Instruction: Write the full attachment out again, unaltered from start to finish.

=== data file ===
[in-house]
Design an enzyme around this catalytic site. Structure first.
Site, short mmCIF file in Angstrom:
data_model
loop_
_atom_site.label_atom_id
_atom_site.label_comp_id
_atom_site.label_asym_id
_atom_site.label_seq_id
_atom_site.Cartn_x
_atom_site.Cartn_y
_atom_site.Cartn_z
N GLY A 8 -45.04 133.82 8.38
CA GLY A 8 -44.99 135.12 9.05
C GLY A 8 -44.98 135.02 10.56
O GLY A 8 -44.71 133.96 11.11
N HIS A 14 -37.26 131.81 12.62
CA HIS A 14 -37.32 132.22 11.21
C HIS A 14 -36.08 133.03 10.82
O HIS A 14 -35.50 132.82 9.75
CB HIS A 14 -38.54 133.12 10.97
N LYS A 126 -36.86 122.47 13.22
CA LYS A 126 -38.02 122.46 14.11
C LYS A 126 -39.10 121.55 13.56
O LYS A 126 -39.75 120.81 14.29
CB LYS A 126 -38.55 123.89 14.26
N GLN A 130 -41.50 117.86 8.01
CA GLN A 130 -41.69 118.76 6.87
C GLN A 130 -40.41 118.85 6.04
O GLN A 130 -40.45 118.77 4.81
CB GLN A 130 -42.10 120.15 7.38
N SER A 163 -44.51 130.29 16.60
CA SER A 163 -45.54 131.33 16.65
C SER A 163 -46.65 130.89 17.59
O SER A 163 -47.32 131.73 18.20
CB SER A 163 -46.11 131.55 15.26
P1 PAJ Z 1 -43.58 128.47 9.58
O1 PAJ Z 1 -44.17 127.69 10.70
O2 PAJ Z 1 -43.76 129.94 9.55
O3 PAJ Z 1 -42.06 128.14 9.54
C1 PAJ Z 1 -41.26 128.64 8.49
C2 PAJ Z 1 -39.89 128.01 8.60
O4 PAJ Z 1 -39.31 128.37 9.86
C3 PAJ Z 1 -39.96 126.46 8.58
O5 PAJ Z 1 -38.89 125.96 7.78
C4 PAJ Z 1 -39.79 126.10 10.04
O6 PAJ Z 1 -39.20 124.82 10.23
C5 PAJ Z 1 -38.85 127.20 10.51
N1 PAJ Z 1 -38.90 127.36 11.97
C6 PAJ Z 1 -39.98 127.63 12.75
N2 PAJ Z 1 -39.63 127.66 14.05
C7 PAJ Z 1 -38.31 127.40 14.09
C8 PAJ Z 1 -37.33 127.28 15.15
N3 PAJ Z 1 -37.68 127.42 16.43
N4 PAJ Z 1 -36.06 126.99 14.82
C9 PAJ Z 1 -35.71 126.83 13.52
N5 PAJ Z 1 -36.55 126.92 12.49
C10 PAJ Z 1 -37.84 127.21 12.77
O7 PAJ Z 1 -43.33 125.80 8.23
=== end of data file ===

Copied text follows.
[in-house]
Design an enzyme around this catalytic site. Structure first.
Site, short mmCIF file in Angstrom:
data_model
loop_
_atom_site.label_atom_id
_atom_site.label_comp_id
_atom_site.label_asym_id
_atom_site.label_seq_id
_atom_site.Cartn_x
_atom_site.Cartn_y
_atom_site.Cartn_z
N GLY A 8 -45.04 133.82 8.38
CA GLY A 8 -44.99 135.12 9.05
C GLY A 8 -44.98 135.02 10.56
O GLY A 8 -44.71 133.96 11.11
N HIS A 14 -37.26 131.81 12.62
CA HIS A 14 -37.32 132.22 11.21
C HIS A 14 -36.08 133.03 10.82
O HIS A 14 -35.50 132.82 9.75
CB HIS A 14 -38.54 133.12 10.97
N LYS A 126 -36.86 122.47 13.22
CA LYS A 126 -38.02 122.46 14.11
C LYS A 126 -39.10 121.55 13.56
O LYS A 126 -39.75 120.81 14.29
CB LYS A 126 -38.55 123.89 14.26
N GLN A 130 -41.50 117.86 8.01
CA GLN A 130 -41.69 118.76 6.87
C GLN A 130 -40.41 118.85 6.04
O GLN A 130 -40.45 118.77 4.81
CB GLN A 130 -42.10 120.15 7.38
N SER A 163 -44.51 130.29 16.60
CA SER A 163 -45.54 131.33 16.65
C SER A 163 -46.65 130.89 17.59
O SER A 163 -47.32 131.73 18.20
CB SER A 163 -46.11 131.55 15.26
P1 PAJ Z 1 -43.58 128.47 9.58
O1 PAJ Z 1 -44.17 127.69 10.70
O2 PAJ Z 1 -43.76 129.94 9.55
O3 PAJ Z 1 -42.06 128.14 9.54
C1 PAJ Z 1 -41.26 128.64 8.49
C2 PAJ Z 1 -39.89 128.01 8.60
O4 PAJ Z 1 -39.31 128.37 9.86
C3 PAJ Z 1 -39.96 126.46 8.58
O5 PAJ Z 1 -38.89 125.96 7.78
C4 PAJ Z 1 -39.79 126.10 10.04
O6 PAJ Z 1 -39.20 124.82 10.23
C5 PAJ Z 1 -38.85 127.20 10.51
N1 PAJ Z 1 -38.90 127.36 11.97
C6 PAJ Z 1 -39.98 127.63 12.75
N2 PAJ Z 1 -39.63 127.66 14.05
C7 PAJ Z 1 -38.31 127.40 14.09
C8 PAJ Z 1 -37.33 127.28 15.15
N3 PAJ Z 1 -37.68 127.42 16.43
N4 PAJ Z 1 -36.06 126.99 14.82
C9 PAJ Z 1 -35.71 126.83 13.52
N5 PAJ Z 1 -36.55 126.92 12.49
C10 PAJ Z 1 -37.84 127.21 12.77
O7 PAJ Z 1 -43.33 125.80 8.23